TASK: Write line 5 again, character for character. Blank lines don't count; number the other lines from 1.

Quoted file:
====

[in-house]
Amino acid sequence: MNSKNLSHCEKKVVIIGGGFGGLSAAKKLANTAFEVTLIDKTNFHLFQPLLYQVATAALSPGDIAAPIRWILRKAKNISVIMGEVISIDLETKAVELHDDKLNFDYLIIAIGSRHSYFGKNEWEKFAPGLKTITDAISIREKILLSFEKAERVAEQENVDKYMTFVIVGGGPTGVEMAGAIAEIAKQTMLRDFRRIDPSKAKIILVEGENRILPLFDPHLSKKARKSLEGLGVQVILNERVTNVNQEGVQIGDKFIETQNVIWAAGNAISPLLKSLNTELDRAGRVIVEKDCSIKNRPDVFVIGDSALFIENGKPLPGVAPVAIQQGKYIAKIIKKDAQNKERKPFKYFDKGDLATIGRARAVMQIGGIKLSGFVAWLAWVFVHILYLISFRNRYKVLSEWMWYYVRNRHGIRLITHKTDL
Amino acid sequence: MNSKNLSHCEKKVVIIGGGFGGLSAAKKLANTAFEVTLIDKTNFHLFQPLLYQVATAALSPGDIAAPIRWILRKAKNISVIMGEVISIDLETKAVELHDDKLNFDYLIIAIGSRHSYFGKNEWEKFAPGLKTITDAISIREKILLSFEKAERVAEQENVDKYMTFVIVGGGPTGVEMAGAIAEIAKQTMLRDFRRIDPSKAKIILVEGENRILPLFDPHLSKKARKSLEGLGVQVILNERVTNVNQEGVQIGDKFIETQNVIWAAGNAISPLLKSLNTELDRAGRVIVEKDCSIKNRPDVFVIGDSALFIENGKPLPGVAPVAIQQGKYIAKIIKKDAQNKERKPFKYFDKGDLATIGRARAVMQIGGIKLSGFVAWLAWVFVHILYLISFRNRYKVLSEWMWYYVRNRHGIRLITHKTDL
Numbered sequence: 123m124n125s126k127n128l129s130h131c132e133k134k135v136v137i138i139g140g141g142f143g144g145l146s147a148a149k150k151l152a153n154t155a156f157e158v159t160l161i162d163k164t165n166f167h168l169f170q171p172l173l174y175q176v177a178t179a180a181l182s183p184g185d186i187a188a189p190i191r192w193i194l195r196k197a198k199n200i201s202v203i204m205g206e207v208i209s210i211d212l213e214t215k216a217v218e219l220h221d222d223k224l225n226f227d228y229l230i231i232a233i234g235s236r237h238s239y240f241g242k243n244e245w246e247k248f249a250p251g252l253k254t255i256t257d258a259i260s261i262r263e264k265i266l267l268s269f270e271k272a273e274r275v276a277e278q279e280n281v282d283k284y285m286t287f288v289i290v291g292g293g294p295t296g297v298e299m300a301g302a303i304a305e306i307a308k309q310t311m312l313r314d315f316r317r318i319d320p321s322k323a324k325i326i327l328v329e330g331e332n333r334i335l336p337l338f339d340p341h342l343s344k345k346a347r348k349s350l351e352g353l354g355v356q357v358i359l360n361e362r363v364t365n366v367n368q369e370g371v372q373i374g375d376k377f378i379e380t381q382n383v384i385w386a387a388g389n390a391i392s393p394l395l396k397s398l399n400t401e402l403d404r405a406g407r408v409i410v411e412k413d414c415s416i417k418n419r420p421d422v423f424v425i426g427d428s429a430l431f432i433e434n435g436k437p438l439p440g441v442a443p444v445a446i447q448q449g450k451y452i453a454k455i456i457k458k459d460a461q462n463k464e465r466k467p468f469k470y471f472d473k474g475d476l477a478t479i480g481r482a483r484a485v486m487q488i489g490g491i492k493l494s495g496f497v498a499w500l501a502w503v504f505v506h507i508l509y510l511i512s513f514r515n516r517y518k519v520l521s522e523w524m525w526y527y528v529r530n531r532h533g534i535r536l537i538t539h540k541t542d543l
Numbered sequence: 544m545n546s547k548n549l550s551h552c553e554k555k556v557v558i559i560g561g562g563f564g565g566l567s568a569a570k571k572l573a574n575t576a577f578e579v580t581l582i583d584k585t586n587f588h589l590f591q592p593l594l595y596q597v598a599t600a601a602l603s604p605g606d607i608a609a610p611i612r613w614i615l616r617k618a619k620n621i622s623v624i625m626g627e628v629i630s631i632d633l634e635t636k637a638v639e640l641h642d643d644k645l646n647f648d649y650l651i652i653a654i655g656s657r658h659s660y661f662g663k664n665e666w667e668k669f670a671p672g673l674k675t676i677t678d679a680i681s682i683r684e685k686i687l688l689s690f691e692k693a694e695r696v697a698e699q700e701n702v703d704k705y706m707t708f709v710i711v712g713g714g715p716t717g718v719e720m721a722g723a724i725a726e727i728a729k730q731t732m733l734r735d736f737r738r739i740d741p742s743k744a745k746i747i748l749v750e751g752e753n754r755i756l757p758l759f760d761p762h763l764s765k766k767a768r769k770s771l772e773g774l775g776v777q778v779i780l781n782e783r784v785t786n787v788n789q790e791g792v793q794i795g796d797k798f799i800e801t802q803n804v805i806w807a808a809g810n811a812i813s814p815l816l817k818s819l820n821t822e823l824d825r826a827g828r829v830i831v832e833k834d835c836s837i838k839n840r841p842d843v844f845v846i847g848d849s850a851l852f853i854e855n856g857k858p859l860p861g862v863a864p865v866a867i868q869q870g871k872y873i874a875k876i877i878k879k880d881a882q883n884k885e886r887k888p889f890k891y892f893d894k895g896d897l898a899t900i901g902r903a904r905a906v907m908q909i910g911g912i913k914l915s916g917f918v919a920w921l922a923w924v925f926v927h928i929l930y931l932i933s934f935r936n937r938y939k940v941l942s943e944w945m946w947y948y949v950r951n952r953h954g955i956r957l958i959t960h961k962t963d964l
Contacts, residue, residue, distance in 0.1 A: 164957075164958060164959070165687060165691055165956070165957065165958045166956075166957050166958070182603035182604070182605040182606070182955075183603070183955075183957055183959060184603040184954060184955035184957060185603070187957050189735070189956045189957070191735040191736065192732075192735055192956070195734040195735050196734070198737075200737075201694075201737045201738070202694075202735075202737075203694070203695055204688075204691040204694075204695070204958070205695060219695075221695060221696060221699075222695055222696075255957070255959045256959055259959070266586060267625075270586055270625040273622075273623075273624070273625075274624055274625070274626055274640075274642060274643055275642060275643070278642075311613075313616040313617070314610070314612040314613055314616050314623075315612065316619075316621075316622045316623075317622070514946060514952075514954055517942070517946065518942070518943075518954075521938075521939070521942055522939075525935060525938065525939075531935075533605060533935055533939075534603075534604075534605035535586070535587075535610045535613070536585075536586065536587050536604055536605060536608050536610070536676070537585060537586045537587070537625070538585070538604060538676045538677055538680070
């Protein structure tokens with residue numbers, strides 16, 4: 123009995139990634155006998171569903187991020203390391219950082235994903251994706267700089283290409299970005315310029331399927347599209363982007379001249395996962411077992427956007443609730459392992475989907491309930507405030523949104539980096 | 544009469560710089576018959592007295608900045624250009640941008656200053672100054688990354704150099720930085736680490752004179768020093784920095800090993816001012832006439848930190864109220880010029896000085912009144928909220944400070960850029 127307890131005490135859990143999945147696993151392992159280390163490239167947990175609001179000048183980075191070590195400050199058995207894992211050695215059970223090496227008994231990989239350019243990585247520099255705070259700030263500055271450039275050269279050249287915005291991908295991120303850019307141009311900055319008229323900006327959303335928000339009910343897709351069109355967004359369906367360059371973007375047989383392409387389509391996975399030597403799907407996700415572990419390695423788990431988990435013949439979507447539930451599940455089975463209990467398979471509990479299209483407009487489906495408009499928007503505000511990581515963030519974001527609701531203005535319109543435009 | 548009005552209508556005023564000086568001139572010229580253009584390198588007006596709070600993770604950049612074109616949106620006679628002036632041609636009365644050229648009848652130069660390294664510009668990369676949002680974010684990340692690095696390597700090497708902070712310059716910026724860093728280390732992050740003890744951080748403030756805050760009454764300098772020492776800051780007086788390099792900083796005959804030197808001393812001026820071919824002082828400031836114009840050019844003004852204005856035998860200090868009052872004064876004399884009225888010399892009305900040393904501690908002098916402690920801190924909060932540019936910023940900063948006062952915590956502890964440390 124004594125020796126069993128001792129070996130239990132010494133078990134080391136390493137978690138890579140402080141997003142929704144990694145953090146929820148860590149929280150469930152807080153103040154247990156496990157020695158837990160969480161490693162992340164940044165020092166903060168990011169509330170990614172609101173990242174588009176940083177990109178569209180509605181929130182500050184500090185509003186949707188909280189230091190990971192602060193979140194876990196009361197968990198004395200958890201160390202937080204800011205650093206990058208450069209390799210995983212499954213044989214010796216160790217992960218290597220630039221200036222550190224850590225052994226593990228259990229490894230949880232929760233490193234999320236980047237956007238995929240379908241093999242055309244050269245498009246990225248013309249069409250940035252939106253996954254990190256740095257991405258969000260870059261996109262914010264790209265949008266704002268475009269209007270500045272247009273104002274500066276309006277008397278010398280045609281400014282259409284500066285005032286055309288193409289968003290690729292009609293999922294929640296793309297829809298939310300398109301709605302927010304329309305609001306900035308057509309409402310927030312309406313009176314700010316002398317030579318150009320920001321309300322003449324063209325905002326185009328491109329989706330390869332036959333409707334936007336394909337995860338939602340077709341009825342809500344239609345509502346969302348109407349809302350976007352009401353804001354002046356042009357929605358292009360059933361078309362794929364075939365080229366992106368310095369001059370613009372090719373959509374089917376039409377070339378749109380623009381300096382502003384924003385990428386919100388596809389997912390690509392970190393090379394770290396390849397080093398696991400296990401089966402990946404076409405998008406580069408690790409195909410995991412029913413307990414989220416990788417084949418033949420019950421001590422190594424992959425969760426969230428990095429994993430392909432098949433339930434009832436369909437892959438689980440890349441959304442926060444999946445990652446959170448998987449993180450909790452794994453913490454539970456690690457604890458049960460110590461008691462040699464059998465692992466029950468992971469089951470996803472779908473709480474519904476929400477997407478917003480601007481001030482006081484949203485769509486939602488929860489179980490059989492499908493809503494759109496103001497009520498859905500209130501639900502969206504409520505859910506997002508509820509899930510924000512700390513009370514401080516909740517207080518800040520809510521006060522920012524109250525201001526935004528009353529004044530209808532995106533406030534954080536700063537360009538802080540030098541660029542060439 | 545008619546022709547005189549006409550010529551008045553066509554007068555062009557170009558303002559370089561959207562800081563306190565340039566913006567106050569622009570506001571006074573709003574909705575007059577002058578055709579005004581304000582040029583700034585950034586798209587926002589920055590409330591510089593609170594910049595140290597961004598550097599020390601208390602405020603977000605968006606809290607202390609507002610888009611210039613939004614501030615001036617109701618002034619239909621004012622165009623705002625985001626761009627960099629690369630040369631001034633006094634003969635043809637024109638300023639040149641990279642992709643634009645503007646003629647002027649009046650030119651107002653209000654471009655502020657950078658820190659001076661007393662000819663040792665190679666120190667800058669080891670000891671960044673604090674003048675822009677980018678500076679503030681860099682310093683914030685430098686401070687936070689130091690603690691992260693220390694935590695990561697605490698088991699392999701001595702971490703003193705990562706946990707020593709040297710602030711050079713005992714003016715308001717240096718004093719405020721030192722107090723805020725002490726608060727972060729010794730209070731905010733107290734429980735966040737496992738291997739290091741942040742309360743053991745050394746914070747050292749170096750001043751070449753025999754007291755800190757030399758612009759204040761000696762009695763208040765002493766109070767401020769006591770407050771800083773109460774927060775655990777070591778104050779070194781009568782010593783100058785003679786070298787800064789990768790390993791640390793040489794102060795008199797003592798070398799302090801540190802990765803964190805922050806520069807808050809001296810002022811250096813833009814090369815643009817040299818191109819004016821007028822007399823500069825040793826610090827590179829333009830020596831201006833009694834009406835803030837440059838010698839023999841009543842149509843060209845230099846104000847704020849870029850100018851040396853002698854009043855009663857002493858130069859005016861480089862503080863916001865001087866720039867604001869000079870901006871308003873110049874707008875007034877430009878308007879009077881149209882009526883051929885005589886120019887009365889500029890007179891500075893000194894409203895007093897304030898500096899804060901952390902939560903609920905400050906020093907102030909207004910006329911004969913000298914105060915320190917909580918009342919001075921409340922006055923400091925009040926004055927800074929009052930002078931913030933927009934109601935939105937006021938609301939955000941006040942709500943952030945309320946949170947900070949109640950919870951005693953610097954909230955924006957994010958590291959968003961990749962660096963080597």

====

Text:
Numbered sequence: 544m545n546s547k548n549l550s551h552c553e554k555k556v557v558i559i560g561g562g563f564g565g566l567s568a569a570k571k572l573a574n575t576a577f578e579v580t581l582i583d584k585t586n587f588h589l590f591q592p593l594l595y596q597v598a599t600a601a602l603s604p605g606d607i608a609a610p611i612r613w614i615l616r617k618a619k620n621i622s623v624i625m626g627e628v629i630s631i632d633l634e635t636k637a638v639e640l641h642d643d644k645l646n647f648d649y650l651i652i653a654i655g656s657r658h659s660y661f662g663k664n665e666w667e668k669f670a671p672g673l674k675t676i677t678d679a680i681s682i683r684e685k686i687l688l689s690f691e692k693a694e695r696v697a698e699q700e701n702v703d704k705y706m707t708f709v710i711v712g713g714g715p716t717g718v719e720m721a722g723a724i725a726e727i728a729k730q731t732m733l734r735d736f737r738r739i740d741p742s743k744a745k746i747i748l749v750e751g752e753n754r755i756l757p758l759f760d761p762h763l764s765k766k767a768r769k770s771l772e773g774l775g776v777q778v779i780l781n782e783r784v785t786n787v788n789q790e791g792v793q794i795g796d797k798f799i800e801t802q803n804v805i806w807a808a809g810n811a812i813s814p815l816l817k818s819l820n821t822e823l824d825r826a827g828r829v830i831v832e833k834d835c836s837i838k839n840r841p842d843v844f845v846i847g848d849s850a851l852f853i854e855n856g857k858p859l860p861g862v863a864p865v866a867i868q869q870g871k872y873i874a875k876i877i878k879k880d881a882q883n884k885e886r887k888p889f890k891y892f893d894k895g896d897l898a899t900i901g902r903a904r905a906v907m908q909i910g911g912i913k914l915s916g917f918v919a920w921l922a923w924v925f926v927h928i929l930y931l932i933s934f935r936n937r938y939k940v941l942s943e944w945m946w947y948y949v950r951n952r953h954g955i956r957l958i959t960h961k962t963d964l